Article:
Some years may also see Pacific mackerel and/or Spanish mackerel (mackerel jack). If they are present the same rigs and same baits will work as for jacksmelt. One thing to note is that a Sabiki rig filled with a whirling dervish mix of four-six mackerel often means a complete mess and a loss of the tangled leader. It’s one reason I stick to my two-hook high/low rig, which also seems more sporting. Plus, why do you need to catch a half dozen mackerel at a time? Are you really going to eat that bucket full of fish?
Pacific sardines are a fish that showed increasing numbers in the ‘90s and diminishing numbers after about 2008. However, they seem to be increasing again and if/when they show at the pier they can be caught in huge numbers, 4-6 at a time, with unbaited bait rigs. Simply cast out the Sabiki or Lucky Lura utilizing a torpedo sinker heavy enough to cast through the wind, let the rig sink midway to the bottom and begin a retrieve. Some times a fast retrieve is needed, sometimes a herky-jerky retrieve is better (it seems to vary) but once you get the technique you should catch fish. They are good eating and they make great bait.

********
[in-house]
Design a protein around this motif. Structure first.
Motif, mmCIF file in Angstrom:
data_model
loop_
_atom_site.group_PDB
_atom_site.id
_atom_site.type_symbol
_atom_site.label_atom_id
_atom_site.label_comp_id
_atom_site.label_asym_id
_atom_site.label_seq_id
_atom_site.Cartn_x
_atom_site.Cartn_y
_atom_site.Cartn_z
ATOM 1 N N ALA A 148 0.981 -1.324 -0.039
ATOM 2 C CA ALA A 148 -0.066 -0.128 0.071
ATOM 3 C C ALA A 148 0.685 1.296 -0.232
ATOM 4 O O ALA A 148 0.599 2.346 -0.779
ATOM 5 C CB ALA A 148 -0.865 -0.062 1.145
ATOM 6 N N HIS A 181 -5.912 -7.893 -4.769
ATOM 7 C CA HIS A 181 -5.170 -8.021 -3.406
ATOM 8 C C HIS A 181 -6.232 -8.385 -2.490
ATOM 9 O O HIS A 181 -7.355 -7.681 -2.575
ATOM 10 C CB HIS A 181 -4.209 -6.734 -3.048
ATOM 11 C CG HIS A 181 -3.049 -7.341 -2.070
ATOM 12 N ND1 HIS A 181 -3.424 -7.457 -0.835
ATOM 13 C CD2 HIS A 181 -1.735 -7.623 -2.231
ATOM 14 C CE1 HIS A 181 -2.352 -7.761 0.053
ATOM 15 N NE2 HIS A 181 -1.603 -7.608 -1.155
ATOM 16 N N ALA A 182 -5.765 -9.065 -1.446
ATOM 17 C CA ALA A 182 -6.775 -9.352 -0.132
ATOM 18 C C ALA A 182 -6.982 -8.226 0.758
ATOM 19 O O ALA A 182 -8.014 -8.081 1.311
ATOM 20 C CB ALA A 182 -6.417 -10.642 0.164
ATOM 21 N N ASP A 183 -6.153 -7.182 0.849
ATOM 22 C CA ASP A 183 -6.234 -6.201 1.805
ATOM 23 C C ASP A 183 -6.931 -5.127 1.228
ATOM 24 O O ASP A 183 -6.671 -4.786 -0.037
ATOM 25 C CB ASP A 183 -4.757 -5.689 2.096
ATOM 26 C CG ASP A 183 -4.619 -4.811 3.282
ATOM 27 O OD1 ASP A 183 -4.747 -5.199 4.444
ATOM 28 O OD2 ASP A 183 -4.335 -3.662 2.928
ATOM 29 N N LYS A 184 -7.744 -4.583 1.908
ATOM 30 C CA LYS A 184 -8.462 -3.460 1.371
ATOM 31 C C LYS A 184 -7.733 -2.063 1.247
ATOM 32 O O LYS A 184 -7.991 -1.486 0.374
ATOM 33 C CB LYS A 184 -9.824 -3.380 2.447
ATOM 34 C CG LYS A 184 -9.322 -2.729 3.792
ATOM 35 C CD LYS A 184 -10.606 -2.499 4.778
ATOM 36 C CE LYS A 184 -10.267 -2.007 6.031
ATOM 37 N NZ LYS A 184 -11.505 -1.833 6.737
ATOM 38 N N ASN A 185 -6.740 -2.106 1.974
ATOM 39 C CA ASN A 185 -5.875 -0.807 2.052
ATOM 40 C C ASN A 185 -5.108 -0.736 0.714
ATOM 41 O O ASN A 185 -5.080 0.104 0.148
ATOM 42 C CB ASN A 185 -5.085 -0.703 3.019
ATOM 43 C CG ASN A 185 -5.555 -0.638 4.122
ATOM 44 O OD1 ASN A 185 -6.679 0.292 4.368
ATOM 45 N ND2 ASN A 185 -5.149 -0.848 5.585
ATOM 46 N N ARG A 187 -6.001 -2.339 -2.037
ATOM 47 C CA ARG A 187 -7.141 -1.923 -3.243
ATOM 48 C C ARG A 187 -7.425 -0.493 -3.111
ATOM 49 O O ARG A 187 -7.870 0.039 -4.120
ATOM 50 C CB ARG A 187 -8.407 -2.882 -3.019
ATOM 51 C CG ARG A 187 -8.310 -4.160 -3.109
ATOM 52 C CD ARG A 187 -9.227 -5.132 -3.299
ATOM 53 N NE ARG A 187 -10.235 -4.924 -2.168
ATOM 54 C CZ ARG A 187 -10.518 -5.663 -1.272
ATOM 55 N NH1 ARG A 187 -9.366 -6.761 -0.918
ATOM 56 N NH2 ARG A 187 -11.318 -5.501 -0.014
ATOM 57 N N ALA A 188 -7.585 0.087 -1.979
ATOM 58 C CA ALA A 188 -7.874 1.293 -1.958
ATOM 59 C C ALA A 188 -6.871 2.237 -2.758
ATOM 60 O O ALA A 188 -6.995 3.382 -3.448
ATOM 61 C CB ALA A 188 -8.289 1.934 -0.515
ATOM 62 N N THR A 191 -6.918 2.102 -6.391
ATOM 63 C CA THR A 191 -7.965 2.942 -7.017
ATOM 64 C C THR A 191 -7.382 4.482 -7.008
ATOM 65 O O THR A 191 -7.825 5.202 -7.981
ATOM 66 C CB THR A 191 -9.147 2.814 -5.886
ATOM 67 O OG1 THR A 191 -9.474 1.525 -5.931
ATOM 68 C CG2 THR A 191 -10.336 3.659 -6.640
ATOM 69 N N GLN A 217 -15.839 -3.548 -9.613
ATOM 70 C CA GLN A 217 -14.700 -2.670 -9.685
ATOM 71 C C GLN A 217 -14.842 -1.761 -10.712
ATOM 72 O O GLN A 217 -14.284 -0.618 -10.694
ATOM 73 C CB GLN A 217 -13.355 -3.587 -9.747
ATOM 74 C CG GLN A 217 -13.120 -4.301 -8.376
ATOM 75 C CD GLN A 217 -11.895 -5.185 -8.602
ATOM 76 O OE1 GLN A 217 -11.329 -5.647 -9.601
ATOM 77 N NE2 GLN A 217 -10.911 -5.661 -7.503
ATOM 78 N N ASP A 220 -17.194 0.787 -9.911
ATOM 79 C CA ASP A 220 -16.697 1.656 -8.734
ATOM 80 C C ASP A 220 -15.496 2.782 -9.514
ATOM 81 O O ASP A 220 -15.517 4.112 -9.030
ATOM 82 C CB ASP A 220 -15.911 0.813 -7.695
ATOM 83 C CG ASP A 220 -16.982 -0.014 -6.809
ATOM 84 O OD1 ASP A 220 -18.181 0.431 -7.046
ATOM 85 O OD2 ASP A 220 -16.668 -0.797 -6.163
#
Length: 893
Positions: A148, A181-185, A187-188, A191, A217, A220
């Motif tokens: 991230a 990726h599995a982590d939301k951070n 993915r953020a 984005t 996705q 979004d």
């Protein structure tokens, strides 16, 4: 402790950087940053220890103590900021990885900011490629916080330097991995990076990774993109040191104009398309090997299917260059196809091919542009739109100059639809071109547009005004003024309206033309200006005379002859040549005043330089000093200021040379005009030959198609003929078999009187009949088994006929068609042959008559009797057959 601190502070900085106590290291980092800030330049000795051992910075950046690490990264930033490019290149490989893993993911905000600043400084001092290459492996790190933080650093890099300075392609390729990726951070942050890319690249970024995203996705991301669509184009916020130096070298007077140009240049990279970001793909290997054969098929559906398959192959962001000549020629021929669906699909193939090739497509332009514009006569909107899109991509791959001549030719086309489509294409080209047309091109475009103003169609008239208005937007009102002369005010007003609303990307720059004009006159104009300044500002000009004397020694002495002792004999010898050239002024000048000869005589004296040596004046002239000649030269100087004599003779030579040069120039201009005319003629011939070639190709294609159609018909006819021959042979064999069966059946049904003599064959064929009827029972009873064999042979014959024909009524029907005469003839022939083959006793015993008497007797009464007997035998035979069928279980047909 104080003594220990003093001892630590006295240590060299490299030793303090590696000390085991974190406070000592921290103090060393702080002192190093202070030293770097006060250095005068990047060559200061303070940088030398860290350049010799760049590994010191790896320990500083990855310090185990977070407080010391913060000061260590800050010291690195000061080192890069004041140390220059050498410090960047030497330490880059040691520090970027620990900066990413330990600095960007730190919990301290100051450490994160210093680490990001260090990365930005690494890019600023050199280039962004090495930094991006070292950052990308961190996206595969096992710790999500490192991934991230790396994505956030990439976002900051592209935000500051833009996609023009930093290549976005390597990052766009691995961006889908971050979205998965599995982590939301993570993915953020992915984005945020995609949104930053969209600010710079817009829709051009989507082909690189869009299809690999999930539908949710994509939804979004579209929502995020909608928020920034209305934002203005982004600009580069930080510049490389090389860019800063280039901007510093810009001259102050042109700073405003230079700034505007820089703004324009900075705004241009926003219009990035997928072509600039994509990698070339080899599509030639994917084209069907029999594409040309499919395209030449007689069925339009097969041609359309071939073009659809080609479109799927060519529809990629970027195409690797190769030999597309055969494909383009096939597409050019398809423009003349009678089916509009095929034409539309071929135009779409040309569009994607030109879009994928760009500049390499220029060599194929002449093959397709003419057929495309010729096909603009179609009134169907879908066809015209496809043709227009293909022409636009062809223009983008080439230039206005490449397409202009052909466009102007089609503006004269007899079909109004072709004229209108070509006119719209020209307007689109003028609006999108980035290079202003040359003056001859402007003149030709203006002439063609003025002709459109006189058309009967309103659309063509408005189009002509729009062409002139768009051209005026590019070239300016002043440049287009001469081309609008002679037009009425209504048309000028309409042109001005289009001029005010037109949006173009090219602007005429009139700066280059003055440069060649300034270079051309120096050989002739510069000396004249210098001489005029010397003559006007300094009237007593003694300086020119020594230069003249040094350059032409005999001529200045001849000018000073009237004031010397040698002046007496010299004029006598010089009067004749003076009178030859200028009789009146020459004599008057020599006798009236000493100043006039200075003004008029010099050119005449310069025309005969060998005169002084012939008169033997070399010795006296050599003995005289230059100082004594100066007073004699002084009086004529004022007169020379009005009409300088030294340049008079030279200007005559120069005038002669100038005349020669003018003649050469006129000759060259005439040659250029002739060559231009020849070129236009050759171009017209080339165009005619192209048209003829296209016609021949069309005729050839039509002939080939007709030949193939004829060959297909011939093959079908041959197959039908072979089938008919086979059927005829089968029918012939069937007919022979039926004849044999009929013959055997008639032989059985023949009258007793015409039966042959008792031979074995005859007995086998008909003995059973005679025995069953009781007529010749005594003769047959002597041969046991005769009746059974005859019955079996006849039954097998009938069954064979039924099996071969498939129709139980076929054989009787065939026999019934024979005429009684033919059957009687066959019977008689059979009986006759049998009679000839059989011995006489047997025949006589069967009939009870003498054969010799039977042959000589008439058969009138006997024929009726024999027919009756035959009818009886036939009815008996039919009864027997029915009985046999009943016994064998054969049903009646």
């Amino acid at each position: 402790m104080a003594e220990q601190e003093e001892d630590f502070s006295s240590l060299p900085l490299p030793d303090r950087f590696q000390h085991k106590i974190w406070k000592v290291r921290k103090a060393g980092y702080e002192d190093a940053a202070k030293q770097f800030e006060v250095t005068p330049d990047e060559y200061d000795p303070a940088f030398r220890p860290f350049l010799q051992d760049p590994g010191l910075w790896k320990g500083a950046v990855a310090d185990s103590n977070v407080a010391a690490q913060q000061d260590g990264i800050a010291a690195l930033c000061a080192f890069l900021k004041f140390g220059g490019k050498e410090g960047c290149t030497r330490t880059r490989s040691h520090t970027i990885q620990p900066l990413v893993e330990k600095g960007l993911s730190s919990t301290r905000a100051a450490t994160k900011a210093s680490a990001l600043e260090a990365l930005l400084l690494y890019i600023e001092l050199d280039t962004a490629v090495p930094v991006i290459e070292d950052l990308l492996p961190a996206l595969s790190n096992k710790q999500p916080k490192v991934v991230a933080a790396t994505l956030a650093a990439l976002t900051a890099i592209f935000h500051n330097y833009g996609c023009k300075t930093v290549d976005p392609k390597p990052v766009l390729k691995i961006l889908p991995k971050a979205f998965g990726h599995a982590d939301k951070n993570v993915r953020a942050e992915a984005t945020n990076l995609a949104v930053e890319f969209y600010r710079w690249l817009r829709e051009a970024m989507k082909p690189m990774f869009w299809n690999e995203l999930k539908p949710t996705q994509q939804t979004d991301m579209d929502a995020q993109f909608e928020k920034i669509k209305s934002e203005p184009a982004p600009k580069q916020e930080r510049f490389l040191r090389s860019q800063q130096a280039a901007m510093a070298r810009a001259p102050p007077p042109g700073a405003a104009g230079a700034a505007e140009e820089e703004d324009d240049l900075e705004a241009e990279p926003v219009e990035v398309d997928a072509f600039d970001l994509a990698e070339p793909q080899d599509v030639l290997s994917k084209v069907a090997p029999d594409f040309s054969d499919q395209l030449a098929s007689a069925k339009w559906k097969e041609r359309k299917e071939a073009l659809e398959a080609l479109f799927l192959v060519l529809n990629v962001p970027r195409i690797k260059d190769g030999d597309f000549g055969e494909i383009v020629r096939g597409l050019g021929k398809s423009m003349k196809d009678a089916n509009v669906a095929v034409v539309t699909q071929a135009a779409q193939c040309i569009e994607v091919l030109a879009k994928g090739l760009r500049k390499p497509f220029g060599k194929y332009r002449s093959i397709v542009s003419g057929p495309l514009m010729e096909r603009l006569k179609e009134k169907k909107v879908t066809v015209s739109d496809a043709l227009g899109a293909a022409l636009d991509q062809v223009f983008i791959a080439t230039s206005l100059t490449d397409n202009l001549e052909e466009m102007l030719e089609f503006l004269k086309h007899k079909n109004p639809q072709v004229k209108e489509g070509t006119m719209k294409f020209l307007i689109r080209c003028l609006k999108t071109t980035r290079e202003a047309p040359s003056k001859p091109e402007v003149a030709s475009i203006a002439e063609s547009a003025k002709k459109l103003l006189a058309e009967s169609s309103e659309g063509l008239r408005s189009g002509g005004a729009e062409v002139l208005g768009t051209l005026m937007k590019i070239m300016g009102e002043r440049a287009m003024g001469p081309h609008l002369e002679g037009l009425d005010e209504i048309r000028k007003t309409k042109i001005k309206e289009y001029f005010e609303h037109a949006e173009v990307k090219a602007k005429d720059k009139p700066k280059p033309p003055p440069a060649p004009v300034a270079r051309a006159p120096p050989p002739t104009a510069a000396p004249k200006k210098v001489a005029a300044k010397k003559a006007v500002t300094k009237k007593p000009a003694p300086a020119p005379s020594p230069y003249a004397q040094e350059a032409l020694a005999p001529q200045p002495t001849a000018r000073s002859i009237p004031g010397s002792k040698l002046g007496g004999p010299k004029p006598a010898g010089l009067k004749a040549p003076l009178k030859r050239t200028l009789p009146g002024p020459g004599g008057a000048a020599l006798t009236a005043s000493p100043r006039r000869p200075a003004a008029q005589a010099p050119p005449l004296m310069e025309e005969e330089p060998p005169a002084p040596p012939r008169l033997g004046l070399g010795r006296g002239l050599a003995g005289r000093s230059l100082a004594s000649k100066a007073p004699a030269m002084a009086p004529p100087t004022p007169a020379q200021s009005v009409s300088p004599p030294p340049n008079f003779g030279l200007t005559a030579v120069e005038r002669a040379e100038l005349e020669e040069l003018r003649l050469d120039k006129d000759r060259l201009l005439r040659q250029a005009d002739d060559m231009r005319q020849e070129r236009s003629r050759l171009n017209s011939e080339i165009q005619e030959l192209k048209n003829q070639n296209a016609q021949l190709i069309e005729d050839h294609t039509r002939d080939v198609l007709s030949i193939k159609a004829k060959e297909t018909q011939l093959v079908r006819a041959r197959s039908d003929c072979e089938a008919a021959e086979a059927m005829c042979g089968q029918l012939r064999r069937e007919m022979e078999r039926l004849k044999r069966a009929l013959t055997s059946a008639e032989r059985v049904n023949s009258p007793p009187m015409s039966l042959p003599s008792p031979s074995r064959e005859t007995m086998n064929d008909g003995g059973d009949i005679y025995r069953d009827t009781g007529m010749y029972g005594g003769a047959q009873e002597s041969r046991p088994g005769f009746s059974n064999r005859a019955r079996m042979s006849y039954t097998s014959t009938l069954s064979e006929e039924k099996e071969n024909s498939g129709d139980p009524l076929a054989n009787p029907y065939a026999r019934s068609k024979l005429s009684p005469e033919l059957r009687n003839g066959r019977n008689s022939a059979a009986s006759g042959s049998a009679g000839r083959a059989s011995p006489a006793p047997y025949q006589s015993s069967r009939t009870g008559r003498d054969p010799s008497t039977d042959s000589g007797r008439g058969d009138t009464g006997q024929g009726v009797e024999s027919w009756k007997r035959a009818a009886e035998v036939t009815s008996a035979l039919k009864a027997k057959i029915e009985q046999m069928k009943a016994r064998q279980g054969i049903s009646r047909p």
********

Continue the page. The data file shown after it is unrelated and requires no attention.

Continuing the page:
If the sardines show up during the striper season (spring to fall), knowledgeable anglers will put a live sardine on a trolley line rig near the surfline. Oftentimes a striper will be the result.
Everything said about the sardine can be applied to Pacific herring although the herring will generally make a wintertime visit if they decide to make a stop at Pacifica on their way to San Francisco Bay. As such they aren’t utilized for live bait unless an angler is really hopeful. But, they still are good eating and good frozen bait.